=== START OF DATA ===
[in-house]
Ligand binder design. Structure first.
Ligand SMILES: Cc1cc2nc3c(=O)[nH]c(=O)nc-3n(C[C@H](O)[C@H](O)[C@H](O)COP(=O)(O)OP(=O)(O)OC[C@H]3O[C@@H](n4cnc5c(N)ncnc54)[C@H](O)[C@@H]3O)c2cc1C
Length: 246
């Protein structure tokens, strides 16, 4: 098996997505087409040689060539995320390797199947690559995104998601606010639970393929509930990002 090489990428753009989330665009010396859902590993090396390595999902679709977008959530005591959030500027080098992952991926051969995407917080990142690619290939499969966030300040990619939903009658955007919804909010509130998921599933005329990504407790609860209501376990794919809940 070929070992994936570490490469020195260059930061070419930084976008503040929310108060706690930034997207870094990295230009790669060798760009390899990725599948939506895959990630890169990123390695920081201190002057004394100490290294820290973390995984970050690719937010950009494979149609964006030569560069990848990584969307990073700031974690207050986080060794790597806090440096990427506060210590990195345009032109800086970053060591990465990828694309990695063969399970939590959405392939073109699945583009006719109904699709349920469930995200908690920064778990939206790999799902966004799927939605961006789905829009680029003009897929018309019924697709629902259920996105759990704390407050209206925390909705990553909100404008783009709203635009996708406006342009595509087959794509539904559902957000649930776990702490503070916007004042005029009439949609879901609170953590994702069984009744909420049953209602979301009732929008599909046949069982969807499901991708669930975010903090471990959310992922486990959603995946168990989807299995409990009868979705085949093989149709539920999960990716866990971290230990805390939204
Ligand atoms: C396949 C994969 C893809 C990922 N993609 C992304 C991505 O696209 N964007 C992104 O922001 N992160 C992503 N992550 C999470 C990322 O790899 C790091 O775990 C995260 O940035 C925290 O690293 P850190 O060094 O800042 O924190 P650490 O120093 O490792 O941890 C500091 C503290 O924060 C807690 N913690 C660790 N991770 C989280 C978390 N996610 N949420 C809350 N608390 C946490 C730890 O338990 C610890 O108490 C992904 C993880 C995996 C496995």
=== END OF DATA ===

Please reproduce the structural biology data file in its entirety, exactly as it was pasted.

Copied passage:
[in-house]
Ligand binder design. Structure first.
Ligand SMILES: Cc1cc2nc3c(=O)[nH]c(=O)nc-3n(C[C@H](O)[C@H](O)[C@H](O)COP(=O)(O)OP(=O)(O)OC[C@H]3O[C@@H](n4cnc5c(N)ncnc54)[C@H](O)[C@@H]3O)c2cc1C
Length: 246
């Protein structure tokens, strides 16, 4: 098996997505087409040689060539995320390797199947690559995104998601606010639970393929509930990002 090489990428753009989330665009010396859902590993090396390595999902679709977008959530005591959030500027080098992952991926051969995407917080990142690619290939499969966030300040990619939903009658955007919804909010509130998921599933005329990504407790609860209501376990794919809940 070929070992994936570490490469020195260059930061070419930084976008503040929310108060706690930034997207870094990295230009790669060798760009390899990725599948939506895959990630890169990123390695920081201190002057004394100490290294820290973390995984970050690719937010950009494979149609964006030569560069990848990584969307990073700031974690207050986080060794790597806090440096990427506060210590990195345009032109800086970053060591990465990828694309990695063969399970939590959405392939073109699945583009006719109904699709349920469930995200908690920064778990939206790999799902966004799927939605961006789905829009680029003009897929018309019924697709629902259920996105759990704390407050209206925390909705990553909100404008783009709203635009996708406006342009595509087959794509539904559902957000649930776990702490503070916007004042005029009439949609879901609170953590994702069984009744909420049953209602979301009732929008599909046949069982969807499901991708669930975010903090471990959310992922486990959603995946168990989807299995409990009868979705085949093989149709539920999960990716866990971290230990805390939204
Ligand atoms: C396949 C994969 C893809 C990922 N993609 C992304 C991505 O696209 N964007 C992104 O922001 N992160 C992503 N992550 C999470 C990322 O790899 C790091 O775990 C995260 O940035 C925290 O690293 P850190 O060094 O800042 O924190 P650490 O120093 O490792 O941890 C500091 C503290 O924060 C807690 N913690 C660790 N991770 C989280 C978390 N996610 N949420 C809350 N608390 C946490 C730890 O338990 C610890 O108490 C992904 C993880 C995996 C496995």